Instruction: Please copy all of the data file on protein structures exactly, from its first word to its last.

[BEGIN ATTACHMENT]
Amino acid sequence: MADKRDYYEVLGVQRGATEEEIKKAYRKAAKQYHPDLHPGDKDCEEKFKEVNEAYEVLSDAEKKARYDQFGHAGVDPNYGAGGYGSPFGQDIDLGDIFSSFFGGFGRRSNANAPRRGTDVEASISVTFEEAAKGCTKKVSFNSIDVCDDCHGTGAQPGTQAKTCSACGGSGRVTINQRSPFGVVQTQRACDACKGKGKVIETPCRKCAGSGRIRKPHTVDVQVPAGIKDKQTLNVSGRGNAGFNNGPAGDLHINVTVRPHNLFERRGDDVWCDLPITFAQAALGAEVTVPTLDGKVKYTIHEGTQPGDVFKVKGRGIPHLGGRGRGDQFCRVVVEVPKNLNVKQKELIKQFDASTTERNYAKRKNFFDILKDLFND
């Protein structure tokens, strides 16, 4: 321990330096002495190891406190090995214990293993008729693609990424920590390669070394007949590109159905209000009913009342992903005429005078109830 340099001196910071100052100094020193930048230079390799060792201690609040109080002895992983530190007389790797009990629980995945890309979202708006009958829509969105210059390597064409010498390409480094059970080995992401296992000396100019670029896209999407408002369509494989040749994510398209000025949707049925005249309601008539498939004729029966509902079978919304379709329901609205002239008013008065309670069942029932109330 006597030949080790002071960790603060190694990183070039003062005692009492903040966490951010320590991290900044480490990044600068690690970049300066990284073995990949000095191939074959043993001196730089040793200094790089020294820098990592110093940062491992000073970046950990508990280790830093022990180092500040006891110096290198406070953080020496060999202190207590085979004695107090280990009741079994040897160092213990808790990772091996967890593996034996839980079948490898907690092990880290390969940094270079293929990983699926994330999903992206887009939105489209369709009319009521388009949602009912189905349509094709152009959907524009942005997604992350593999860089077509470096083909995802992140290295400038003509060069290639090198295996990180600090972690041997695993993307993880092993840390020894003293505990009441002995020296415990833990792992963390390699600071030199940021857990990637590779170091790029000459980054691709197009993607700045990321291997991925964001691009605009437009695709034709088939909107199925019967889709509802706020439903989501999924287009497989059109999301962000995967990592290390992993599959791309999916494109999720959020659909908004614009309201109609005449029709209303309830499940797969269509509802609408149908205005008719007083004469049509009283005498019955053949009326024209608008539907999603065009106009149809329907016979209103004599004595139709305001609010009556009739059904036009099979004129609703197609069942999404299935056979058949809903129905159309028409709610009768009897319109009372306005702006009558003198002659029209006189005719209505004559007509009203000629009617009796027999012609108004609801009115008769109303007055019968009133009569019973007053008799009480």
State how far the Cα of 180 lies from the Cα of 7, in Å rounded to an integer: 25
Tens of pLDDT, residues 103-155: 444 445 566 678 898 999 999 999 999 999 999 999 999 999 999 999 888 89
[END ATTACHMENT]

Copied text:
Amino acid sequence: MADKRDYYEVLGVQRGATEEEIKKAYRKAAKQYHPDLHPGDKDCEEKFKEVNEAYEVLSDAEKKARYDQFGHAGVDPNYGAGGYGSPFGQDIDLGDIFSSFFGGFGRRSNANAPRRGTDVEASISVTFEEAAKGCTKKVSFNSIDVCDDCHGTGAQPGTQAKTCSACGGSGRVTINQRSPFGVVQTQRACDACKGKGKVIETPCRKCAGSGRIRKPHTVDVQVPAGIKDKQTLNVSGRGNAGFNNGPAGDLHINVTVRPHNLFERRGDDVWCDLPITFAQAALGAEVTVPTLDGKVKYTIHEGTQPGDVFKVKGRGIPHLGGRGRGDQFCRVVVEVPKNLNVKQKELIKQFDASTTERNYAKRKNFFDILKDLFND
């Protein structure tokens, strides 16, 4: 321990330096002495190891406190090995214990293993008729693609990424920590390669070394007949590109159905209000009913009342992903005429005078109830 340099001196910071100052100094020193930048230079390799060792201690609040109080002895992983530190007389790797009990629980995945890309979202708006009958829509969105210059390597064409010498390409480094059970080995992401296992000396100019670029896209999407408002369509494989040749994510398209000025949707049925005249309601008539498939004729029966509902079978919304379709329901609205002239008013008065309670069942029932109330 006597030949080790002071960790603060190694990183070039003062005692009492903040966490951010320590991290900044480490990044600068690690970049300066990284073995990949000095191939074959043993001196730089040793200094790089020294820098990592110093940062491992000073970046950990508990280790830093022990180092500040006891110096290198406070953080020496060999202190207590085979004695107090280990009741079994040897160092213990808790990772091996967890593996034996839980079948490898907690092990880290390969940094270079293929990983699926994330999903992206887009939105489209369709009319009521388009949602009912189905349509094709152009959907524009942005997604992350593999860089077509470096083909995802992140290295400038003509060069290639090198295996990180600090972690041997695993993307993880092993840390020894003293505990009441002995020296415990833990792992963390390699600071030199940021857990990637590779170091790029000459980054691709197009993607700045990321291997991925964001691009605009437009695709034709088939909107199925019967889709509802706020439903989501999924287009497989059109999301962000995967990592290390992993599959791309999916494109999720959020659909908004614009309201109609005449029709209303309830499940797969269509509802609408149908205005008719007083004469049509009283005498019955053949009326024209608008539907999603065009106009149809329907016979209103004599004595139709305001609010009556009739059904036009099979004129609703197609069942999404299935056979058949809903129905159309028409709610009768009897319109009372306005702006009558003198002659029209006189005719209505004559007509009203000629009617009796027999012609108004609801009115008769109303007055019968009133009569019973007053008799009480």
State how far the Cα of 180 lies from the Cα of 7, in Å rounded to an integer: 25
Tens of pLDDT, residues 103-155: 444 445 566 678 898 999 999 999 999 999 999 999 999 999 999 999 888 89